I think the plagarism comment is not to do about culture but about attention to detail. If the text plagarised is not considered by the authors as central to the novelty of their work then they may well resort to copying previous work. Indeed copying previous work may even be desired in order to show that they are not pretending to re-invent the wheel. The error in that case is not taking the care to correctly cite sources which is a common student error.

    It is one of the responsabilities of the co-authors to pick up these errors but nobody is perfect.

    The results of Nick’s link (http://portal.acm.org/citation.cfm?id=1316213) :

    Social networks of author-coauthor relationships
    Authors: Yasmin H. Said Department of Computational and Data Sciences, George Mason University, Fairfax, VA, USA
    Edward J. Wegman Department of Computational and Data Sciences, George Mason University, Fairfax, VA, USA
    Walid K. Sharabati Department of Computational and Data Sciences, George Mason University, Fairfax, VA, USA
    John T. Rigsby Department of Computational and Data Sciences, George Mason University, Fairfax, VA, USA

    Social networks of author-coauthor relationships 2008 Article

    Published in:
    · Journal
    Computational Statistics & Data Analysis archive
    Volume 52 Issue 4, January, 2008
    Elsevier Science Publishers B. V. Amsterdam, The Netherlands, The Netherlands
    table of contents doi>10.1016/j.csda.2007.07.021

  16. OK – after further thought I think I have got it.

    The whole controversy (if indeed it is) only arises because two separate but related things have got seriously entangled..and it is difficult to unpick the one from the other.

    Q1: Has anyone shown there to be anything scientifically wrong with the work as published?
    A1: No

    Q2: Under academic conventions, should the whole credit for this work go to the stated authors?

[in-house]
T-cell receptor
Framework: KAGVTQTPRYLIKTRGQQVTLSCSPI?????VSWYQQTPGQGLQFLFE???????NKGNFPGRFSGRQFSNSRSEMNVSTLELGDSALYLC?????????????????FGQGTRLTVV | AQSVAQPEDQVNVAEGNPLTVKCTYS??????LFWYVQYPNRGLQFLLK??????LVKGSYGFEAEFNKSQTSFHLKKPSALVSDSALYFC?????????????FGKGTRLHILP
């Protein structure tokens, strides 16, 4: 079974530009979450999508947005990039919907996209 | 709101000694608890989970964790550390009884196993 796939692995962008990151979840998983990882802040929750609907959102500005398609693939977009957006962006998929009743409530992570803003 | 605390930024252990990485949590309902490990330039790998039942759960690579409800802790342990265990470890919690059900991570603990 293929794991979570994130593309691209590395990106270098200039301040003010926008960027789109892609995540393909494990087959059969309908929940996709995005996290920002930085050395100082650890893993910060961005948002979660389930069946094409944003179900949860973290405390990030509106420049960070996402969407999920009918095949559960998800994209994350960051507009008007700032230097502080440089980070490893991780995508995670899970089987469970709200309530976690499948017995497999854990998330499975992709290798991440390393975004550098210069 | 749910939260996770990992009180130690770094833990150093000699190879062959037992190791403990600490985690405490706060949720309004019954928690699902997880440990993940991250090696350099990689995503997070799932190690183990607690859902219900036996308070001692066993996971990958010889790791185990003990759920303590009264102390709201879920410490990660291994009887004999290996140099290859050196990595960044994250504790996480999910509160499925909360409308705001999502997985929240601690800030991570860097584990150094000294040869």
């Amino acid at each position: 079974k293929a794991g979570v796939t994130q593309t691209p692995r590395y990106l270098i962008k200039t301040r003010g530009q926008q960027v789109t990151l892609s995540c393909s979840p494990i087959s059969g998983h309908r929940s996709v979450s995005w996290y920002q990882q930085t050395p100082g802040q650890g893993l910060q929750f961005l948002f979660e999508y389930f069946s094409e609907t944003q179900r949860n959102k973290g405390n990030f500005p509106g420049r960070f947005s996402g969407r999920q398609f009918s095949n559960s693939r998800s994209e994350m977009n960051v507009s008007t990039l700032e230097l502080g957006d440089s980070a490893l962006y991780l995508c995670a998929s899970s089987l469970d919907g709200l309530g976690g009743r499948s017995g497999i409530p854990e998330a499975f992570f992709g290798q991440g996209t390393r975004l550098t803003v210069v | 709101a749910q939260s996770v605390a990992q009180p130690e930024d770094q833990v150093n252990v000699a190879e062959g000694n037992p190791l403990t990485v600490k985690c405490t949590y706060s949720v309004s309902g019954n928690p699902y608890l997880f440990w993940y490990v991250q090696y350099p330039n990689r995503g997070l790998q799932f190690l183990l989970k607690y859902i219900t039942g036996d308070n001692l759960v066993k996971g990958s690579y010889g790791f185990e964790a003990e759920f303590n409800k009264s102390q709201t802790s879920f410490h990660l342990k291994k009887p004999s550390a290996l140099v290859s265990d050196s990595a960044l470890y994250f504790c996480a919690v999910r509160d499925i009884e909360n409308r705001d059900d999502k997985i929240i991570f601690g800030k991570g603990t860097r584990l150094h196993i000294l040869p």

A2: Under academic convention, possibly not…there may have been a minor technical breach of the citations convention.

    Q3: Does the answer to Q2 mean that the actual content of the paper can/should be ignored/discarded?
    A3: No. The answer to Q2 has no effect on the paper’s scientific content.

    Q4: Is this row a storm in an academic teacup and largely irrelevant to the debate?
    A4: Yes

    Q5: Does it make some academics look like a bunch of self-important precious prima donnas, ever able to see the mote in another’s eye while missing the big picture?
    A5: I leave as an exercise to the lay reader……………..

  17. Back in the days before the internet, if you wanted to copy someone elses work it was likely that you had to read it at very least. Now big chunks of script can be pasted without any thought as to it’s meaning.

  18. Nick Stokes said on May 19, 2011 at 2:49 am:

    Richard,
    Yasmin Said was not a foreign exchange student – she was Associate Editor of the Journal where it appeared.

    So what are you saying Nick?

    This has been portrayed as Wegman bypassing peer review by submitting it to his friend who waved it through for publication.

    Is what really happened was an associate editor got a paper they lead-authored quickly published at their journal without peer review?

  19. The ongoing search for participants in the climate debate (or any other area of society, for that matter) that successfully hold themselves to the highest standards of scientific integrity is likely to take a while

    Diogenes is still looking.

  20. Don’t quote yourself without attribution.[1]

    [1]Watts Up With That, Nielsen-Gammon interviews North and others on Wegman – plagiarism may be related to a cultural misunderstanding by foreign exchange student, 18 May 2011, in the comments 19 May 2011 04:12 am.

  21. kadaka (KD Knoebel) says: May 19, 2011 at 3:26 am
    “So what are you saying Nick?”

    Mainly that an Associate Editor of the Journal is unlikely to be a foreign exchange student. And shouldn’t have a “cultural misunderstanding” about plagiarism.

    But there was something funny about the Journal process. It was over in six days.

  22. Nick,
    Yes I see that she was one of 50-60 associate editors for the 2006-2010 editions of the Computational Statistics & Data Analysis journal.

    It seems she completed her Phd in 2005 under Wegman’s supervision. I notice that the paper was submitted on the 8th July 2007 and accepted on the 14th July 2007 (available online 9 August 2007) which seems a rather rapid review process (maybe this is normal for this journal?). In any case she was Wegman’s student during her PhD and published the paper two years after finishing her PhD. At the time of publication she had already been Associate Editor for a year.

    I guess she had ceased being a “foreign exchange student” after she completed her PhD in 2005 and in 2007 had spent not more than two years as a post-doc or a member of faculty along with becoming an Associate Editor of Computational Statistics & Data Analysis in 2006.

    Although relatively inexperienced she should have known better and this should cast doubt on the quality of her reviews as an Associate Editor.